ChatGPT Use Linked to Memory Loss, Procrastination in Students

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You won’t always have an AI chatbot in your pocket… right?

Brain Drain

New research has found a worrying link to memory loss and tanking grades in students who relied on ChatGPT, in an early but fascinating exploration of the swift impact that large language models have had in education.

As detailed in a new study published in the International Journal of Educational Technology in Higher Education, the researchers surveyed hundreds of university students — ranging from undergrads to doctoral candidates — over two phases, using self-reported evaluations. They were spurred on by witnessing more and more of their own students turn to ChatGPT.

“My interest in this topic stemmed from the growing prevalence of generative artificial intelligence in academia and its potential impact on students,” study co-author Muhammad Abhas at the National University of Computer and Emerging Sciences in Pakistan told PsyPost. “For the last year, I observed an increasing, uncritical, reliance on generative AI tools among my students for various assignments and projects I assigned.”

Show of Hands

In the first phase, the researchers collected responses from 165 students who used an eight-item scale to report their degree of ChatGPT reliance. The items ranged from “I use ChatGPT for my course assignments” to “ChatGPT is part of my campus life.”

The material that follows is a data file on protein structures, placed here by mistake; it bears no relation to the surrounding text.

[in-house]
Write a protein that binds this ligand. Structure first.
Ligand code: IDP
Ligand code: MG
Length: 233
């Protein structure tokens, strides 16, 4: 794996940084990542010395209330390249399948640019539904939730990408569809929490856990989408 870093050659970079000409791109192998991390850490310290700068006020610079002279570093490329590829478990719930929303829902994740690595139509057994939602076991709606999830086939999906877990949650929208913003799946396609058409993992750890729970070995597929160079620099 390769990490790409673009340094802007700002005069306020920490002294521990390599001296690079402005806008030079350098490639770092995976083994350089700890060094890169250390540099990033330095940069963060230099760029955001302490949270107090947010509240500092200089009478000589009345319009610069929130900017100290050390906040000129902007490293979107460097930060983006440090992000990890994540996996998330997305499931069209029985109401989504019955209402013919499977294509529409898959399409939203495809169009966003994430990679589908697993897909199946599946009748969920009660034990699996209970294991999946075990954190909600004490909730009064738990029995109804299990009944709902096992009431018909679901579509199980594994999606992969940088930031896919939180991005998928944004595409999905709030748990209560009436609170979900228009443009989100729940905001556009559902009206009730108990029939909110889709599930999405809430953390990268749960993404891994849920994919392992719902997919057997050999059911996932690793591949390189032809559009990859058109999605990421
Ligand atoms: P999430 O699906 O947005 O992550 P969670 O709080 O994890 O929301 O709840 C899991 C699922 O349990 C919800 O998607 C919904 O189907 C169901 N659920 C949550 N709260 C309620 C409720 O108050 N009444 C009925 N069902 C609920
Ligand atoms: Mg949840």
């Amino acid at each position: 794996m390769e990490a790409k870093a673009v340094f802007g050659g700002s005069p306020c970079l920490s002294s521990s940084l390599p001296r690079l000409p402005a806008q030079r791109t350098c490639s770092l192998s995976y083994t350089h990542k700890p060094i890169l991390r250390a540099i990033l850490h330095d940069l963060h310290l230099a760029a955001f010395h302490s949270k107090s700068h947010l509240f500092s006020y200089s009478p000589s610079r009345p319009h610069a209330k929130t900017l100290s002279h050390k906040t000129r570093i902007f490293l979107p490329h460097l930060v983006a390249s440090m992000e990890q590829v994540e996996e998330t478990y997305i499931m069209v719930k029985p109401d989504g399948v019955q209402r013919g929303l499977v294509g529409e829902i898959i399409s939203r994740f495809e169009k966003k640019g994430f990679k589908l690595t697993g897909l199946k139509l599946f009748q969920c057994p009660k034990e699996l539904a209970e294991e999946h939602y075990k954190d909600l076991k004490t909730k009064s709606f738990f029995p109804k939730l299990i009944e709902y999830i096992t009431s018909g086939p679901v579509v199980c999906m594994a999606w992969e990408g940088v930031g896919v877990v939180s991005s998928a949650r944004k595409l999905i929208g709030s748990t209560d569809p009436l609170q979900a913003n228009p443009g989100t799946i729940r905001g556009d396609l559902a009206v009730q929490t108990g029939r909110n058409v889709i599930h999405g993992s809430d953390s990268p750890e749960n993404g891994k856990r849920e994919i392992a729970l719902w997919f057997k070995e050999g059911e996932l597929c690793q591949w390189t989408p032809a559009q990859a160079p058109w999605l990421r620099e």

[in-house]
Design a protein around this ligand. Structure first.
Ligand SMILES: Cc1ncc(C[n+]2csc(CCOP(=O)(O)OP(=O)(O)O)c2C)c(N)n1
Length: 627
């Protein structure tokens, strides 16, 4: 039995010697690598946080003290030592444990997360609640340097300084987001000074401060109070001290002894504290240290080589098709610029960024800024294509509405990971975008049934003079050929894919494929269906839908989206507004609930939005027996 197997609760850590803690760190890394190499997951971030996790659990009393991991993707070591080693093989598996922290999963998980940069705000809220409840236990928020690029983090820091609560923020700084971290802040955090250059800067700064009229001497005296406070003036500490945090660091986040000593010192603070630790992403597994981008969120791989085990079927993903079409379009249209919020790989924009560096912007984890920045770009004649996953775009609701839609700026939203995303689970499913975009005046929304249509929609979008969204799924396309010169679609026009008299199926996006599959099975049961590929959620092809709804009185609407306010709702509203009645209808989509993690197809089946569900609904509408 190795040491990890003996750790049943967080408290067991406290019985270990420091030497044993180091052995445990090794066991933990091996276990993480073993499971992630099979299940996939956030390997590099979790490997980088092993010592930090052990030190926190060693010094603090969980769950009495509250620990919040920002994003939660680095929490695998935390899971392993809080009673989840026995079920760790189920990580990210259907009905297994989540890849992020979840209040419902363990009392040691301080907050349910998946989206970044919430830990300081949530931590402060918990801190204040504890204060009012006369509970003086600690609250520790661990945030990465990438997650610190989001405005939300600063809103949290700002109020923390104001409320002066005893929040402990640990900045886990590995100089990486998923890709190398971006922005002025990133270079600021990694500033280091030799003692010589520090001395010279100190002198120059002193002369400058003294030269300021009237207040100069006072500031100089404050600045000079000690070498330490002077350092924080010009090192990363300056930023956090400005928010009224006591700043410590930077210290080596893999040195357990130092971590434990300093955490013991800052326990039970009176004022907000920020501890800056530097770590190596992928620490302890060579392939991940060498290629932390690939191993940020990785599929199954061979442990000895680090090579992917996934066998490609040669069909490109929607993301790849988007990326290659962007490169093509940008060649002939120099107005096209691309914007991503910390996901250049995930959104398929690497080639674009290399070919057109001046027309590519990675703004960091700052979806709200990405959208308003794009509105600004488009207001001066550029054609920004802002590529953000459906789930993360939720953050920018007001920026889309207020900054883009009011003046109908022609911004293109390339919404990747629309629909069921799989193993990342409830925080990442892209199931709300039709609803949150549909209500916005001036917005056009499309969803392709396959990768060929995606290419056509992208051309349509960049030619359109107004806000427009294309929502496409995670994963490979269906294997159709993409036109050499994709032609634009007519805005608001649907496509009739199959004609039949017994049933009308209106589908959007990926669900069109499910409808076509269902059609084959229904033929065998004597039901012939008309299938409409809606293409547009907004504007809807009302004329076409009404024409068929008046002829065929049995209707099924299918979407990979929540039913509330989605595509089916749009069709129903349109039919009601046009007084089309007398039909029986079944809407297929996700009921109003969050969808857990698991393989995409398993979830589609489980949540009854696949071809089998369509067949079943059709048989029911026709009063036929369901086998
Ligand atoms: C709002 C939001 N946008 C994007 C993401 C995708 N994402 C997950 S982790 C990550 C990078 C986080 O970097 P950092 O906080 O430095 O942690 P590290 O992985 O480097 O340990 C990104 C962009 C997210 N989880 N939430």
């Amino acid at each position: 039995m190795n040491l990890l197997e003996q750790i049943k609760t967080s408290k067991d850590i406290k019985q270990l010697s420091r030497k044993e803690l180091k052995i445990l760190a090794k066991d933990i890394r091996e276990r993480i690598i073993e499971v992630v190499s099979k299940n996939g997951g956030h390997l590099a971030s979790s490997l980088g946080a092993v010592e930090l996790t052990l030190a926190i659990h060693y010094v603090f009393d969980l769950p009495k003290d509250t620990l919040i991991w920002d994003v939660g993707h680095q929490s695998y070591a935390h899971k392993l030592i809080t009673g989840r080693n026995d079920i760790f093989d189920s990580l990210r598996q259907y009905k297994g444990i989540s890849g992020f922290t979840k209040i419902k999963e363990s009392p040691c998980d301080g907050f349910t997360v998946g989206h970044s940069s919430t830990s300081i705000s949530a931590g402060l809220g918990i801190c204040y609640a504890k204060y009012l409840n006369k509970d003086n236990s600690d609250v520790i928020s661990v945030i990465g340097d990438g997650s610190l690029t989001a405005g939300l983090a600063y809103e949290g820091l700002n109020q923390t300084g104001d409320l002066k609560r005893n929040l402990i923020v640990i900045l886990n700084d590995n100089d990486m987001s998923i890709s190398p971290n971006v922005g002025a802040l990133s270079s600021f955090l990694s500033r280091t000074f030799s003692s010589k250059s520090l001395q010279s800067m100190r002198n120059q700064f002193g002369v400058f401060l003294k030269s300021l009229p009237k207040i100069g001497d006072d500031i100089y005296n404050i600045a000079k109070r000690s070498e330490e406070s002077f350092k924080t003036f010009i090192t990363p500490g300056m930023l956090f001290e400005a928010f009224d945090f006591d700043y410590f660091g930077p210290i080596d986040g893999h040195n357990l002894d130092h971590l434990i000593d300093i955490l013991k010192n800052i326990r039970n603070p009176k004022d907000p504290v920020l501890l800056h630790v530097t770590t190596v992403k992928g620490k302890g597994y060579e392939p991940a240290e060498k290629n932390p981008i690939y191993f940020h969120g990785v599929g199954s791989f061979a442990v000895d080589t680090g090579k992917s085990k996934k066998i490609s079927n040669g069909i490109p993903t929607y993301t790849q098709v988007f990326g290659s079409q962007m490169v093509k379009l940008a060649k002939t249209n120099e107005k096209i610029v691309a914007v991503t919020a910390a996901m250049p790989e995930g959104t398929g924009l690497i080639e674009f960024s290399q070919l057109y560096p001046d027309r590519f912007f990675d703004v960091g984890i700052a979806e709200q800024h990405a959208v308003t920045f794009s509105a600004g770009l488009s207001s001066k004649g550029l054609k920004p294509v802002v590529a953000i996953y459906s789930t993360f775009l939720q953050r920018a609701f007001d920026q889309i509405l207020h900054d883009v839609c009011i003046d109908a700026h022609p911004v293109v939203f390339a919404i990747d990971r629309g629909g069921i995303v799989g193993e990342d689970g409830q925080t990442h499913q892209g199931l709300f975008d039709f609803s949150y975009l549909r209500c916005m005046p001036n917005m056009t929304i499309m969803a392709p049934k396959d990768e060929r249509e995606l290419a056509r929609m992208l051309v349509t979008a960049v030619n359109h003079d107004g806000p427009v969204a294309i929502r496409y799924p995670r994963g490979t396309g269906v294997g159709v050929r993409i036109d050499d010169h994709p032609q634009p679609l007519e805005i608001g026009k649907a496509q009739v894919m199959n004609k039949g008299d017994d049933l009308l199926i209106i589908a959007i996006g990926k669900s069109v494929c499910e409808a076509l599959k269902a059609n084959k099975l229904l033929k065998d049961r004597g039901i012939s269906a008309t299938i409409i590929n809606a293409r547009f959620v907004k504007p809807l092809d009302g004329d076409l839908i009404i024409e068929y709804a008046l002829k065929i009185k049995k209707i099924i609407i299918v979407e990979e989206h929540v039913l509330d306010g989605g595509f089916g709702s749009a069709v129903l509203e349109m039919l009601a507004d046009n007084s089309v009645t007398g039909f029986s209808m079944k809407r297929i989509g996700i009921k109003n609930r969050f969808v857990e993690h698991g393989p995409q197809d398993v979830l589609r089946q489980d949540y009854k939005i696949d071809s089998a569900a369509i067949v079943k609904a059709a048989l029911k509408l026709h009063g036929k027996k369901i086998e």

To validate those results, they also conducted a more rigorous “time-lagged” second phase, in which they expanded their scope to nearly 500 students, who were surveyed three times at one to two week intervals.

Perhaps unsurprisingly, the researchers found that students under a heavy academic workload and “time pressure” were much more likely to use ChatGPT. They observed that those who relied on ChatGPT reported more procrastination, more memory loss, and a drop in GPA. And the reason why is quite simple: the chatbot, however good or bad its responses are, is making schoolwork too easy.

“Since ChatGPT can quickly respond to any questions asked by a user,” the researchers wrote in the study, “students who excessively use ChatGPT may reduce their cognitive efforts to complete their academic tasks, resulting in poor memory.”

Two Way Street

There were a few curveballs, however.

“Contrary to expectations, students who were more sensitive to rewards were less likely to use generative AI,” Abbas told PsyPost, suggesting that those seeking good grades avoided using the chatbot out of fear of getting caught.

It’s possible that the relationship between ChatGPT usage and its negative effects is bidirectional, notes PsyPost. A student may turn to the chatbot because they already have bad grades, and not the other way around. It’s also worth considering that the data was self-reported, which comes with its own biases.

That’s not to exonerate AI, though. Based on these findings, we should be wary about ChatGPT’s role in education.

“The average person should recognize the dark side of excessive generative AI usage,” Abbas told Psypost. “While these tools offer convenience, they can also lead to negative consequences such as procrastination, memory loss, and compromised academic performance.”

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